When Helen Oliver was in her late teens or early twenties she worked as a maid on a farm in West Kilbride, Scotland. It was reported that “a particular intimacy took place” between her and a ploughman at a neighboring house, they were “frequently seen walking together in queit [sic] and sequestrated places, they were regarded as lovers; ultimately however this “ploughman” turned out to be also a female."
Soon thereafter, Helen left her home in Saltcoats dressed in her brother’s clothes and assumed the name John Oliver or sometimes John Thomson. John went to live with a cousin in Glasgow and learned the plastering business. As a journeyman plasterer he moved from town to town in search of employment (sometimes working as a flesher or weaver as well). While working in Johnstone, John courted and married a young woman. Six months after their marriage, John was forced to leave town because he was recognized by a man from Saltcoats who knew his parents. At least twice his identity was published in broadsides like the Glasgow Chronicle, under the description “Rustic D’Eon” or “eccentric character.” Each time his identity was revealed, John was forced to relocate and seek new employment.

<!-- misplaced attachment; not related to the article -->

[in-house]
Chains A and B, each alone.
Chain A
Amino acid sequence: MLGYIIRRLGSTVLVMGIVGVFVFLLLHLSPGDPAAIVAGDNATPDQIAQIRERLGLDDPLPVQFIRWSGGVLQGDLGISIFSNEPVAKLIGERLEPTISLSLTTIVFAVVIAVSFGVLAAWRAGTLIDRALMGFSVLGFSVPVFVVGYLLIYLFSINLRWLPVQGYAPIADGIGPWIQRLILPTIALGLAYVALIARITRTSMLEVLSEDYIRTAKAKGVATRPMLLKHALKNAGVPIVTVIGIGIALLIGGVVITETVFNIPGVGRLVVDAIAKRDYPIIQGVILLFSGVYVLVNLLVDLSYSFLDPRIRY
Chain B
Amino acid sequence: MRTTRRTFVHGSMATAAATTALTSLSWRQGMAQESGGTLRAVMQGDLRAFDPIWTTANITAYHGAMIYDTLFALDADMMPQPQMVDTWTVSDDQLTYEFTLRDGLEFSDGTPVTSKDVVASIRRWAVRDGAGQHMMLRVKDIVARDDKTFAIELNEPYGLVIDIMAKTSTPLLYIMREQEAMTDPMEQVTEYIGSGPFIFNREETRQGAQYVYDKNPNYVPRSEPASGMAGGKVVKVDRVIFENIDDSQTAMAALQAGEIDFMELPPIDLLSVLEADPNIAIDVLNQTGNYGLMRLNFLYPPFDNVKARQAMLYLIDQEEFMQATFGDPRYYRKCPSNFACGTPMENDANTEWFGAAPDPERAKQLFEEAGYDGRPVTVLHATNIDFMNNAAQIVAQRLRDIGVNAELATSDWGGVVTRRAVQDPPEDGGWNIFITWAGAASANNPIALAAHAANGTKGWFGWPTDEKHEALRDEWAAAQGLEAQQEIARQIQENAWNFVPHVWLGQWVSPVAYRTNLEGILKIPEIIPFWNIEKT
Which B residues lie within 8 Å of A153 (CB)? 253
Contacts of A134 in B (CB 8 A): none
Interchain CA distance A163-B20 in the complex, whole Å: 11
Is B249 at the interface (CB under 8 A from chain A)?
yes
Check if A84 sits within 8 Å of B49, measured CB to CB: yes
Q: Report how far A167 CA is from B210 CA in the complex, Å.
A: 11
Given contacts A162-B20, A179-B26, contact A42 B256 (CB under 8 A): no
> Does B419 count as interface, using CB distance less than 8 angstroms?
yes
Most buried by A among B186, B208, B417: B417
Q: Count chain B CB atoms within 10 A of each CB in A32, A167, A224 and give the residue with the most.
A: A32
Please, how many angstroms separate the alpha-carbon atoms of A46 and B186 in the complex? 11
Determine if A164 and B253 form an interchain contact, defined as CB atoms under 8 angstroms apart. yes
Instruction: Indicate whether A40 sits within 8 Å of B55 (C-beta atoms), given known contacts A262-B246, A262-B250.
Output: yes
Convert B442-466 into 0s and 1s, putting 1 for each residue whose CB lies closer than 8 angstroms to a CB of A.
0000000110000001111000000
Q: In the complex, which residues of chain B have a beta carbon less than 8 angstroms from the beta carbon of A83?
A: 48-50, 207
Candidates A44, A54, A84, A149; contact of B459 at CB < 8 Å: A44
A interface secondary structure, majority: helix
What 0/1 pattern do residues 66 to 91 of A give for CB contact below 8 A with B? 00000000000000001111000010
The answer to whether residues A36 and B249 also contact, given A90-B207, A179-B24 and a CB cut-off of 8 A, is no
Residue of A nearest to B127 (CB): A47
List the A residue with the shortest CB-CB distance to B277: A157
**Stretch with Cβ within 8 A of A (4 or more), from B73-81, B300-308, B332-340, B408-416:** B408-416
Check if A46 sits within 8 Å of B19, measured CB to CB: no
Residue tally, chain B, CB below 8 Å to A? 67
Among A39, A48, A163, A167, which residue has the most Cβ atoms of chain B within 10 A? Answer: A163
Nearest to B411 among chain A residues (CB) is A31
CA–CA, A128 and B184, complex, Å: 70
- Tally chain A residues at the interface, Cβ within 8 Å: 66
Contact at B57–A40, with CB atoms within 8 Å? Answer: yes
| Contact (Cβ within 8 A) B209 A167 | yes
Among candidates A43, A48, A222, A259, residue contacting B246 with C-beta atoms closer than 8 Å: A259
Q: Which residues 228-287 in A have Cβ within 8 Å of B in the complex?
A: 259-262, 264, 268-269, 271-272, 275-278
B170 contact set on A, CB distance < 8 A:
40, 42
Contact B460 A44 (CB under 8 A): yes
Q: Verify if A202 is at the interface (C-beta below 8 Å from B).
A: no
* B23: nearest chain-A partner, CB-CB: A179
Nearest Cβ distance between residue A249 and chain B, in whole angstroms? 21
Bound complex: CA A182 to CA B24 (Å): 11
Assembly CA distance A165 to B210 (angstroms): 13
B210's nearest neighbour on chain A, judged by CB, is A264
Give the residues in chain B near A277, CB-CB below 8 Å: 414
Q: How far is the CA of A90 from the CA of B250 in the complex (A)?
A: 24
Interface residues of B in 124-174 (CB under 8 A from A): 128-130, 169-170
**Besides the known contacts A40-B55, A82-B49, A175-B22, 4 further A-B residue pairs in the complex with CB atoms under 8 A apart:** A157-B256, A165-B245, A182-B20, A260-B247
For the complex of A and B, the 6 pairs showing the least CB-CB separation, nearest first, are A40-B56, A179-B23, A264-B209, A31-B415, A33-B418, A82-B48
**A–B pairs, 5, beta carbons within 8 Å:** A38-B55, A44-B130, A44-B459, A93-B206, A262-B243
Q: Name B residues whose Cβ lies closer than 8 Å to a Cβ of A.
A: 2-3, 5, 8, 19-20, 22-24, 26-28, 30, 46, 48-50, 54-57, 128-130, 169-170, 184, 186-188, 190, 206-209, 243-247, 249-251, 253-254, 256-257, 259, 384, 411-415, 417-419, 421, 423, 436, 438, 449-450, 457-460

Drew, Thomas. The Lives and Portraits of Curious and Odd Characters. Worcester: 1852.
National Library of Scotland. “Broadside Report Regarding a Woman who Masqueraded as a Man, c. 1820.” Word on the Street. 2004.
Norton Rictor, “Lesbian Marriages in 18th century England”, Lesbian History, 18 August 2009, updated 11 February 2010.